The advantage of dividing the duties between different managers is that it allows specialists who have proved their abilities on funds targeting their areas of expertise to focus on those areas alone. A disadvantage, if the allocation is static, is that these specialists will fill up their allotted sleeves even if their regions happen to have far fewer attractive opportunities at a certain time. Another drawback is that certain firms may have a great manager available to take care of one side, but don't necessarily have the same level of talent on the other.

Two funds that use this separate approach, and which generally manage to overcome the inherent obstacles, come from Oakmark. At Oakmark Global Select OAKWX, David Herro picks the foreign stocks and Bill Nygren handles the domestic duties. They generally split the portfolio roughly in half, but they have the flexibility to take that as far as 70/30 in either direction if they feel it's warranted. At Oakmark Global OAKGX, Clyde McGregor handles the domestic side while Rob Taylor takes responsibility for the international picks.

Mix and Match
Of course, investors have a third alternative: They can ignore the global offerings and instead buy separate funds to provide their domestic and international exposures. While this may seem like an outdated approach to those who consider the location of a company's headquarters to be a mere formality these days, it allows investors to choose the best from among the thousands of funds that concentrate on either foreign or domestic equities and to mix and match top-notch managers from different firms.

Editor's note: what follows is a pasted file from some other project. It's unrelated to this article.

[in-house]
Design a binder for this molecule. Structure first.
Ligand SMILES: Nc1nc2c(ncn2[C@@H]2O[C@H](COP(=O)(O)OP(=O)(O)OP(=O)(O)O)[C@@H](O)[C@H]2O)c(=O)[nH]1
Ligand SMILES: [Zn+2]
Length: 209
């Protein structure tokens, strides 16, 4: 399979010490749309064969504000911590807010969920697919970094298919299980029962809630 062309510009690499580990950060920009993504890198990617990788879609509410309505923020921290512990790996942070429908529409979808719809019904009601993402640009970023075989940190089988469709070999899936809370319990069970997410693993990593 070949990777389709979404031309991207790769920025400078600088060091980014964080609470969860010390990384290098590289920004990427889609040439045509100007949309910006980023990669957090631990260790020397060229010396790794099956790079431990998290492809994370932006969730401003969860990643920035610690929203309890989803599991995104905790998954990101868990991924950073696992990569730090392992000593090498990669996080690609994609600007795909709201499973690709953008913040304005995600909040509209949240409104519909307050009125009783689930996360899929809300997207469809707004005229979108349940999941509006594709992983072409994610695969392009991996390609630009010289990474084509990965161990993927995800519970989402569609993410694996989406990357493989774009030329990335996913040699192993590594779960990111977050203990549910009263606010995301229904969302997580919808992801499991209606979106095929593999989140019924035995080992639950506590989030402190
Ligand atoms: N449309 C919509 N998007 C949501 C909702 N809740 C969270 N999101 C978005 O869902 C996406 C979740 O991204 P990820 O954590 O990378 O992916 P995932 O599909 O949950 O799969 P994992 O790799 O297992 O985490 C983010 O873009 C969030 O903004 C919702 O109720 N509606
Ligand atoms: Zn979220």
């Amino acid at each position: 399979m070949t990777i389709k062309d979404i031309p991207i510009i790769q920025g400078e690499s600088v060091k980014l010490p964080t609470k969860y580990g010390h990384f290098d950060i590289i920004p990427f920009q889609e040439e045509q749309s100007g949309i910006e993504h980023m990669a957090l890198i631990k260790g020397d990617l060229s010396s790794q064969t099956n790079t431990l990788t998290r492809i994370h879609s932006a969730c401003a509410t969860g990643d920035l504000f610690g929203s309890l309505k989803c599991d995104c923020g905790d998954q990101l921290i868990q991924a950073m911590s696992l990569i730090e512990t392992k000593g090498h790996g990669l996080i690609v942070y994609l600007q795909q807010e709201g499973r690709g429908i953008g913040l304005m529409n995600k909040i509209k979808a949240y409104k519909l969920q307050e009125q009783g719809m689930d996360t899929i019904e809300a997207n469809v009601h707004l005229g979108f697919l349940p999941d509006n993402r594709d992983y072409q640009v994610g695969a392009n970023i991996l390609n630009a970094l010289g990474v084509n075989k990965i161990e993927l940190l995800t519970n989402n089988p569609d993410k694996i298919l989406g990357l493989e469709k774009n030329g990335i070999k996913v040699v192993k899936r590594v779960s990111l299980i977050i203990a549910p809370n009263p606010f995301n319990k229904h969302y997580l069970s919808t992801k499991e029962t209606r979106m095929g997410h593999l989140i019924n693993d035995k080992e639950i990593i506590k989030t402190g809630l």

This method also allows investors to have more control over their U.S. and foreign stock allocations. Those who are already heavily (or exclusively) invested in domestic funds might want to add a pure-foreign offering, as a world-stock fund would add even more U.S. companies to their portfolios along with international ones.

Choosing separate funds might be cheaper, too. For example, an investor can pair Herro's and Taylor's Oakmark International OAKIX with Nygren's Oakmark Select OAKLX or Oakmark Fund OAKMX [or with McGregor's mostly-stock Oakmark Equity and Income OAKBX] for a lower cost than owning either of the Oakmark global offerings mentioned above. And even cheaper options from other firms exist, including actively managed as well as passive funds.

That said, some investors may dislike this alternative because it requires owning two or more funds rather than just one. In addition, most domestic-equity funds include at least a few foreign names, so investors using separate funds for U.S. and international exposures typically don't have quite the degree of control over their U.S./foreign split as they might think, unless they choose funds (such as index-trackers) that restrict themselves purely to one realm.

Conclusion
All in all, there's no "right" approach to global-equity investing. As the examples above show, investors can succeed by taking several different paths. (And of course, each approach also features plenty of mediocre funds not worth an investment.) The most important thing is to understand the different options available. By knowing the ins and outs of the various world-stock management formats, investors will be better prepared to fully investigate the choices available and will be more likely to make a decision that is most appropriate for them.